Also, expect Opera share to rise some in the coming year or so, what with the Nintendo Wii deal and all.

Comment by Matthew Ratzloff — June 5, 2006

Mark: Its not that they don’t know how, its that they have no reason to. The same reason that so many IE users never install Firefox – inertia. And with Safari, there is even less of a reason to install FF or anything else, because Safari works fine and doesn’t have security issues like IE does in the win32 world.

Comment by Rob Sanheim — June 5, 2006

Rob, fair enough. Then the question becomes “is this site worth installing a different browser for”, which unfortunately perhaps is a business decision/risk the site owner makes.

Comment by Mark Wubben — June 5, 2006

Being around mac people all day at work I know that very few who stray outside of Safari. Being on a Mac myself, I can crosscheck my work in firefox and safari…never letting either one get out of step with the progress of the app. When Im to a stable and well developed place, then I will switch over to a PC and do my IE testing. Believe it or not, there are even consistencies in Firefox across the two platforms, so its absolutely mandatory to check both. You can choose not to support mac, but judging by the large mac web-developer base these days, you will alienate most of your peers who’se opinions you mostlikely will value the most. Mac people have accepted cross-os testing for years so join the crowd and make the web better.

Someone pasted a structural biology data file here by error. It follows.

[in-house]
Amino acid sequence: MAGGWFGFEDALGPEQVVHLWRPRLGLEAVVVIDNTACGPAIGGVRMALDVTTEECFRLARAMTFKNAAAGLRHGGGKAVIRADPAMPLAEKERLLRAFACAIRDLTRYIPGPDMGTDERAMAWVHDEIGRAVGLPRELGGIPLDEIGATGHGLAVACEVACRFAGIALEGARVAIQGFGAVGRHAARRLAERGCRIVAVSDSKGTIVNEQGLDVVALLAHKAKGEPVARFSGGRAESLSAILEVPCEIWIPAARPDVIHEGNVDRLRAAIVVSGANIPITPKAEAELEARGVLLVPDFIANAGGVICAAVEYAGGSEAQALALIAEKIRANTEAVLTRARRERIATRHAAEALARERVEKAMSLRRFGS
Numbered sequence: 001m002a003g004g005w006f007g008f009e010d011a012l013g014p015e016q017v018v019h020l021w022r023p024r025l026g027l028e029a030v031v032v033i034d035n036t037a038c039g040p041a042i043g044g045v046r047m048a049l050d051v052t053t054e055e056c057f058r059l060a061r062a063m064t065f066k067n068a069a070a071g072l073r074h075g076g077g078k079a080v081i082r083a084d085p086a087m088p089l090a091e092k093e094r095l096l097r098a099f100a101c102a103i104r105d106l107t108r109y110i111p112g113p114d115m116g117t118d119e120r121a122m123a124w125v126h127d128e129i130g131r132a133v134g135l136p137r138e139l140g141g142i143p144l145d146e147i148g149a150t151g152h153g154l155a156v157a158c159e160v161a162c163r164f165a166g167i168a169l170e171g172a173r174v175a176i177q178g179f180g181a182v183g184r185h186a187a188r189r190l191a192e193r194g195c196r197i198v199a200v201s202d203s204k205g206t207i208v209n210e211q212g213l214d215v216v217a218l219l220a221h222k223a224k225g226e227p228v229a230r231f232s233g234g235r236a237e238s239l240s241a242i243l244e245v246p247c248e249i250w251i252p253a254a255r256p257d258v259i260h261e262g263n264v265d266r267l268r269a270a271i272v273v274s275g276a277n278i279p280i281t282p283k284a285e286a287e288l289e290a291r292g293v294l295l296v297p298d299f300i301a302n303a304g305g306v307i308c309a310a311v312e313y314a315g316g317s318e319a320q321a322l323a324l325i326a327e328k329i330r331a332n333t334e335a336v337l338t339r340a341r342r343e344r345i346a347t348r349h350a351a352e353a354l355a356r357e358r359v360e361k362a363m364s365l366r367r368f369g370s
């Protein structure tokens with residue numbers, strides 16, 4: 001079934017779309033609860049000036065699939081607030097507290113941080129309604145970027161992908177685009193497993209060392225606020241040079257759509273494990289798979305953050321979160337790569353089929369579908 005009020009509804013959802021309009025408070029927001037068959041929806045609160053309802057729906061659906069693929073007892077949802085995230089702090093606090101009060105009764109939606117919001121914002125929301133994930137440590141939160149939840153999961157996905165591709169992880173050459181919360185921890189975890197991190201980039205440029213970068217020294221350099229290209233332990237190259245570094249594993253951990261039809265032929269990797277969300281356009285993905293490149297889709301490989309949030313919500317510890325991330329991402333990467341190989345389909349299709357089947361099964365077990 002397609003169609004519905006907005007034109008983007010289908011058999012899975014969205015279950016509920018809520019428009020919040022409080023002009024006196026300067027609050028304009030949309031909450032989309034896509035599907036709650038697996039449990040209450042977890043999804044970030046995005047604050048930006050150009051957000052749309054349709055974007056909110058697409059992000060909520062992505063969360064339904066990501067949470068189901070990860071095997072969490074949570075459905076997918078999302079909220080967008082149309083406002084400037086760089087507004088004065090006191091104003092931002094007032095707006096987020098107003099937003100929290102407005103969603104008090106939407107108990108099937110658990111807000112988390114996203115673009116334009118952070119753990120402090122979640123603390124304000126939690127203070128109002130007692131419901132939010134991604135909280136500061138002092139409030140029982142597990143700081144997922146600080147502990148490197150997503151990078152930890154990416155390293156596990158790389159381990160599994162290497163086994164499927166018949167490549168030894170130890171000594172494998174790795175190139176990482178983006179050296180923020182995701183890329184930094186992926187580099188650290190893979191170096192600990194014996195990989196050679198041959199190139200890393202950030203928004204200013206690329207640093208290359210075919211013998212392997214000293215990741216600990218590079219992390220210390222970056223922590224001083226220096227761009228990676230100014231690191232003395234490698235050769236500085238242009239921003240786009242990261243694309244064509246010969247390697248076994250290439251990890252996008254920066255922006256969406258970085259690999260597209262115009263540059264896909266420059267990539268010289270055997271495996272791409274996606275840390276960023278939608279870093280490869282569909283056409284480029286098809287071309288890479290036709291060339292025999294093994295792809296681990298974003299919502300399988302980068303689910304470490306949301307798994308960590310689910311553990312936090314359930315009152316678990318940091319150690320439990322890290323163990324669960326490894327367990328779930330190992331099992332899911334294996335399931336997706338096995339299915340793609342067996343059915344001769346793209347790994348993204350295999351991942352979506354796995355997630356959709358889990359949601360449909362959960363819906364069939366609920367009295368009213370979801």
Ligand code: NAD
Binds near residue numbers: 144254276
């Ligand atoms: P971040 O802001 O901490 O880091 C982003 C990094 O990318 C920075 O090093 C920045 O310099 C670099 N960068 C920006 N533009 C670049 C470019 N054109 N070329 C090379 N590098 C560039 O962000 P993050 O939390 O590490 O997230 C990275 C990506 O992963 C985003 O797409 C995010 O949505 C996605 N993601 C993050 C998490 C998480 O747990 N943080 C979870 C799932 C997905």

Comment by Chris Iufer — June 5, 2006

As a marketer, I feel I should pipe in.. I find that consistently about 10% of ‘average’ urban samples are on safari.. this is middle and upper income brackets. For a public audience, safari is essential.. for an enterprise audience, you have more lattitude.

Comment by Alexei — June 5, 2006